Maternity Coverage Suffering Under Obamacare

Published July 22, 2011

Individuals seeking maternity coverage in the non-group insurance market are discovering fewer options are available as insurers seek to cut costs to meet the regulatory demands of President Obama’s health care law.

Blue Cross Blue Shield of South Carolina dropped the coverage to save costs and keep premiums competitive, and insurers in other states have followed suit.

Maternity coverage can be a costly aspect of health insurance because the vast majority of people who purchase it in the individual market plan to have children. Several insurers require customers to pay an additional premium and purchase a plan a year before a child is conceived, and prenatal testing is typically covered only after a deductible is reached.

Few Insurers Offer Coverage

An investigation by the House Energy and Commerce Committee conducted at the behest of Rep. Henry Waxman (D-CA) and Rep. Bart Stupak (D-MI) in October found few major insurers offered maternity care coverage.

Some states already mandate maternity care coverage. A report prepared by the Kaiser Family Foundation found that in 2010, twelve states required maternity coverage in the individual market, and seventeen required it in the small-group market. Under Obama’s law these requirements will expand dramatically in 2014, when all policies will be required to cover maternity expenses as an essential health benefit.

Higher Costs Predicted

Grace-Marie Turner, president of the Galen Institute, a Virginia think tank, says Obama’s solution will drive costs higher for everyone, even those not expecting to need maternity coverage.

“This is further evidence that we need a system for health insurance that allows people to have portable health insurance that they can own and keep with them as their life situations change,” said Turner. “It doesn’t work economically for insurance companies to sell policies to people just before they have thousands of dollars in medical claims, especially when people may drop the policies after that, as is happening now in Massachusetts.”

Turner suggests this indicates one reason why further reform is necessary.

“We need a system for real insurance where many people are paying premiums over a longer period of time to pay the expenses of fewer policyholders who may have large medical claims,” Turner said.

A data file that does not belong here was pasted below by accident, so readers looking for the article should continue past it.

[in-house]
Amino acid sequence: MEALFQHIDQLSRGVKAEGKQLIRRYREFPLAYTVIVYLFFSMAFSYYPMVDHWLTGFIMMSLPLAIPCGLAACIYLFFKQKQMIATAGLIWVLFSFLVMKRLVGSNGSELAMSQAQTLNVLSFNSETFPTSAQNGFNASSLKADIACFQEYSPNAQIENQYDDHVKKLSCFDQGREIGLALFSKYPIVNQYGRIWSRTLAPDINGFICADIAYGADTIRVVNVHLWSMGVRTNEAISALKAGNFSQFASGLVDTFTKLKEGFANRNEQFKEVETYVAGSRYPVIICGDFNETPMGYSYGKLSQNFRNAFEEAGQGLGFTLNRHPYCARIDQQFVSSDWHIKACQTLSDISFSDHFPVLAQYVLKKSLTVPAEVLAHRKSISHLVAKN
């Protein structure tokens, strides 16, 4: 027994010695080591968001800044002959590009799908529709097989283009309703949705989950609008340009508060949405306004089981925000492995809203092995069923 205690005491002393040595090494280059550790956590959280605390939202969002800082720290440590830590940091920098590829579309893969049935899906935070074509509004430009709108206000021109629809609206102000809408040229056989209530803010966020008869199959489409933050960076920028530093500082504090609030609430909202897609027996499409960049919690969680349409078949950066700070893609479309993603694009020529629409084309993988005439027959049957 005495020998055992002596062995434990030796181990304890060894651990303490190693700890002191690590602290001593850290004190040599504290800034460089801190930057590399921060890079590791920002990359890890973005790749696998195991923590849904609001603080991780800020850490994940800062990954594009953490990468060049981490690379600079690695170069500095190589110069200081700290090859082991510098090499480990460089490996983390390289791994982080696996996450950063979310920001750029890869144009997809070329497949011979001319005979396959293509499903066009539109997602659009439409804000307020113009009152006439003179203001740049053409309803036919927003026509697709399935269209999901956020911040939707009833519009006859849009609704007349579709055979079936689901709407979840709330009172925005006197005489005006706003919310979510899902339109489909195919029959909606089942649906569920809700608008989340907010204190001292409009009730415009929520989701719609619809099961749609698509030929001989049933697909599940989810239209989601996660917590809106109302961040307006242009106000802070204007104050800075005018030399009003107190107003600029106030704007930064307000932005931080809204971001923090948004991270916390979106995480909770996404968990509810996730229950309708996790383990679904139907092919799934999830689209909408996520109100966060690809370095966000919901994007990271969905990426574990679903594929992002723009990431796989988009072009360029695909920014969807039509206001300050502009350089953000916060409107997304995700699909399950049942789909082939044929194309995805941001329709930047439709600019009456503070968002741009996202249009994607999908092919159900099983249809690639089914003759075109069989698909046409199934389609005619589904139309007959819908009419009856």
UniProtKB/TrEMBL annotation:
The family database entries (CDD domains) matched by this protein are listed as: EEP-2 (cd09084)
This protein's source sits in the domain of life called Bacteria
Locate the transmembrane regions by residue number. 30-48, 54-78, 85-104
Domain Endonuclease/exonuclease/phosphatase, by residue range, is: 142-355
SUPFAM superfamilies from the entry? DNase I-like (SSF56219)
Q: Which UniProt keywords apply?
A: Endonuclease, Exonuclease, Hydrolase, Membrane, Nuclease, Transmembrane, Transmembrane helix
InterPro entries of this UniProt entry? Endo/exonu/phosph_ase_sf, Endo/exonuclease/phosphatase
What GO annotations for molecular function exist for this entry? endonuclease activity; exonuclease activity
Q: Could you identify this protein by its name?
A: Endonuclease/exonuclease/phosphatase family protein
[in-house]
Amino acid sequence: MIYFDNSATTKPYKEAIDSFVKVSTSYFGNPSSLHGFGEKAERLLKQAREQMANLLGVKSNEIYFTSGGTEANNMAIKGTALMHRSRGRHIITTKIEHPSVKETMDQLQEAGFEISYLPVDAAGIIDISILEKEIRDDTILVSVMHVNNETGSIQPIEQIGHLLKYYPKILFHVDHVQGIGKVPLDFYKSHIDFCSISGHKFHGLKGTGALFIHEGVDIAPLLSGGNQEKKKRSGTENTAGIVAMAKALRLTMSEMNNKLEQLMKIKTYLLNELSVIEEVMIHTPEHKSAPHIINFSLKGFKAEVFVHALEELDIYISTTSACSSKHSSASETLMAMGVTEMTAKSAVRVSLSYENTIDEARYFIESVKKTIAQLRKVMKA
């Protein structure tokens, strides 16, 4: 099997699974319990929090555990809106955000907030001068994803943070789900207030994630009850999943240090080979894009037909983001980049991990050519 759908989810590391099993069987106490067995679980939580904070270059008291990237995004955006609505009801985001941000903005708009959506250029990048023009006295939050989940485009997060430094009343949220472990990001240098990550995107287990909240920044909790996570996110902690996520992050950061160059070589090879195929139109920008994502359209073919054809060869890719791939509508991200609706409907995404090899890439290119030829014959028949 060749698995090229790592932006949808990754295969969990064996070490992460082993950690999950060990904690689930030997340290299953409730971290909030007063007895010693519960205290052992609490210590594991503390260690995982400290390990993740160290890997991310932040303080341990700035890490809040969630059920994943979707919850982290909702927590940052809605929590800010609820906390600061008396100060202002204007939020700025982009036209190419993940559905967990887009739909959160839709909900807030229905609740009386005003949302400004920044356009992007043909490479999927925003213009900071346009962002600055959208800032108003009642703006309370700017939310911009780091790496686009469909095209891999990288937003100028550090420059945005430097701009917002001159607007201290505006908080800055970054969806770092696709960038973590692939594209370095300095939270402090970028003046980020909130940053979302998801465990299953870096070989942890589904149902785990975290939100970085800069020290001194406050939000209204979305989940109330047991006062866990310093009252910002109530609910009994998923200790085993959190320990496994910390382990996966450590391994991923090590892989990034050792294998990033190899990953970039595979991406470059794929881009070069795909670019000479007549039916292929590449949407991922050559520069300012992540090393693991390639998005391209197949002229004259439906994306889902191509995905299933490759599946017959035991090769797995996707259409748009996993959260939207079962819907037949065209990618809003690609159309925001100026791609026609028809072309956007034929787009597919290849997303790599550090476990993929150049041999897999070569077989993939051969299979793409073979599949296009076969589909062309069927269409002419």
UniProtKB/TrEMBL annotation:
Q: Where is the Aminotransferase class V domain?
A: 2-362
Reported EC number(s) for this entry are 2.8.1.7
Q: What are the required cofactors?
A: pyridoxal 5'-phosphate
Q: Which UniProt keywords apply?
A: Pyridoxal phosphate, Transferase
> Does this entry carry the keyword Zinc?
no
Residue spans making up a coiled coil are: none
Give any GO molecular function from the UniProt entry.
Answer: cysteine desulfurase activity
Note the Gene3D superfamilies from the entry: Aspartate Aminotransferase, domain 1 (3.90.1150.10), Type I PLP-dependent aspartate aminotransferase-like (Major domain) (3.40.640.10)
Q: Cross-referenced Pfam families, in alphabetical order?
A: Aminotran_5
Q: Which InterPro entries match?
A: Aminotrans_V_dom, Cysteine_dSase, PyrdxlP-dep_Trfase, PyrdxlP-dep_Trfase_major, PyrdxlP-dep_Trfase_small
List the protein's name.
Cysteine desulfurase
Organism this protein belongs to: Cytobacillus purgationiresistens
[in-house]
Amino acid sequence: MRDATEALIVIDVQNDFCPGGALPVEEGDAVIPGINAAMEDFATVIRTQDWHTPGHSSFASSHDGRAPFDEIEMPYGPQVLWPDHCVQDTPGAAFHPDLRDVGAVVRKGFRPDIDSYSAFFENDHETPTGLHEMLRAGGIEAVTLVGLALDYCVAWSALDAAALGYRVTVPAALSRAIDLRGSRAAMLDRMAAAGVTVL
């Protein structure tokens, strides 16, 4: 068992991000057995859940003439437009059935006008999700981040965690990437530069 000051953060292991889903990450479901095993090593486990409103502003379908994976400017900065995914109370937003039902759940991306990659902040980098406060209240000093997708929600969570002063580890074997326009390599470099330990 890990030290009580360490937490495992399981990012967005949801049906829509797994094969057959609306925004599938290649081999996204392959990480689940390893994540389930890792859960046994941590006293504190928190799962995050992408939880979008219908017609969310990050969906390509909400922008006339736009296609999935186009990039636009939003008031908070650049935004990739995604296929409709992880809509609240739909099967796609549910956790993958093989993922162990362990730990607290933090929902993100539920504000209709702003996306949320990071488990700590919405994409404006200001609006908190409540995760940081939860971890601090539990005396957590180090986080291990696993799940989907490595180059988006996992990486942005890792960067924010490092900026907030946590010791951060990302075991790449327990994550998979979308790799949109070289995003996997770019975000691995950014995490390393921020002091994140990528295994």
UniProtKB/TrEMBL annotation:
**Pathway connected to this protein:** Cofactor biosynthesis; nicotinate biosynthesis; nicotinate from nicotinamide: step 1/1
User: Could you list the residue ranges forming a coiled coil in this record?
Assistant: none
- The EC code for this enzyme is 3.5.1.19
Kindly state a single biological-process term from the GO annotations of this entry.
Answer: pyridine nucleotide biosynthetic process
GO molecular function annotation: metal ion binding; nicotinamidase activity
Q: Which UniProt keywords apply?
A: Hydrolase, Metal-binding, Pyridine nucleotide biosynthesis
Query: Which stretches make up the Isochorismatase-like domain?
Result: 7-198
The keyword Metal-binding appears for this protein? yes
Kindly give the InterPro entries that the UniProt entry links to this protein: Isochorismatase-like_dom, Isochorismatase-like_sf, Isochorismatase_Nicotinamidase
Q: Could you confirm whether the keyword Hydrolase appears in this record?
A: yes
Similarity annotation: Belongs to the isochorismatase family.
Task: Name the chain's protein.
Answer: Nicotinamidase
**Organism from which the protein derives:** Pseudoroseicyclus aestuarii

Maternity Coverage and HSAs

The costs for a standard childbirth in the United States can be quite high, and a 2007 study conducted by Thomson Reuters for the March of Dimes found costs can be much higher for a cesarean delivery, even one considered uncomplicated.

“Costs for uncomplicated cesarean deliveries were more than 40 percent higher than costs for uncomplicated vaginal deliveries and approached the cost of complicated deliveries,” the report found.

Some critics claim Consumer Driven Health Plans (CDHPs) fail to provide adequately for the costs of pregnancy. A report released in 2007 by the Kaiser Family Foundation and Georgetown University Health Policy Institute claimed people with high deductible plans pay more for childbirth. Based on an estimated cost for an uncomplicated pregnancy and delivery of $9,660, the report claimed a family under a traditional plan would pay $1,455 in out-of-pocket costs, compared to between $3,000 and $7,884 for those with a CDHP.

However, Turner points out this report failed to compare the situations accurately.

“It’s essential that people look at the full cost of their health care and coverage. A family with traditional insurance may pay $12,000 a year for insurance, plus $1,455 in OOP costs. Another with an HSA may pay $5,000 for the insurance with $7,884 in OOP costs,” Turner noted. “The HSA holder still comes out $571 ahead. And since most people don’t have a baby every year, their overall savings over the longer term can be much greater with an HSA than with traditional insurance.”

Is Maternity Coverage Necessary?

Greg Scandlen, a health policy expert at The Heartland Institute, says most insurers don’t offer non-group maternity coverage because of cost—those who purchase the policies are almost guaranteed to use them—and this is a problem no government mandate can solve.

“Maternity coverage is typically optional, as is prescription coverage,” Scandlen said. “So-called ‘complications of pregnancy’ are covered as regular medical services. Usually one can buy a maternity rider, but it isn’t a great deal—it amounts to dollar swapping since the only people to buy it are those planning on having a baby.”

He also suggests costs have grown because of the increased frequency of C-Sections, which have in turn been encouraged by available maternity coverage.

“C-Sections are much more expensive and unnecessary in most cases. People opt for them because they are convenient—a woman can schedule her childbirth to suit her calendar,” Scandlen said. “People who are paying their maternity costs directly are less likely to pay extra for the convenience.”

Scandlen maintains expectant parents should simply ensure any complications are covered under their policy, and be prepared to pay the costs for childbirth.

“I usually recommend that people not buy maternity coverage and just pay out of pocket for the childbirth,” Scandlen said.

Benjamin Domenech ([email protected]) is managing editor of Health Care News.

Internet Info:

“Maternity Coverage in the Individual Market,” U.S. House Energy and Commerce Committee memo.

“The Cost of Prematurity to U.S. Employers,” March of Dimes.

Kaiser Family Foundation: States Mandating Maternity Coverage.

“Maternity Care and Consumer-Driven Health Plans,” Kaiser Family Foundation.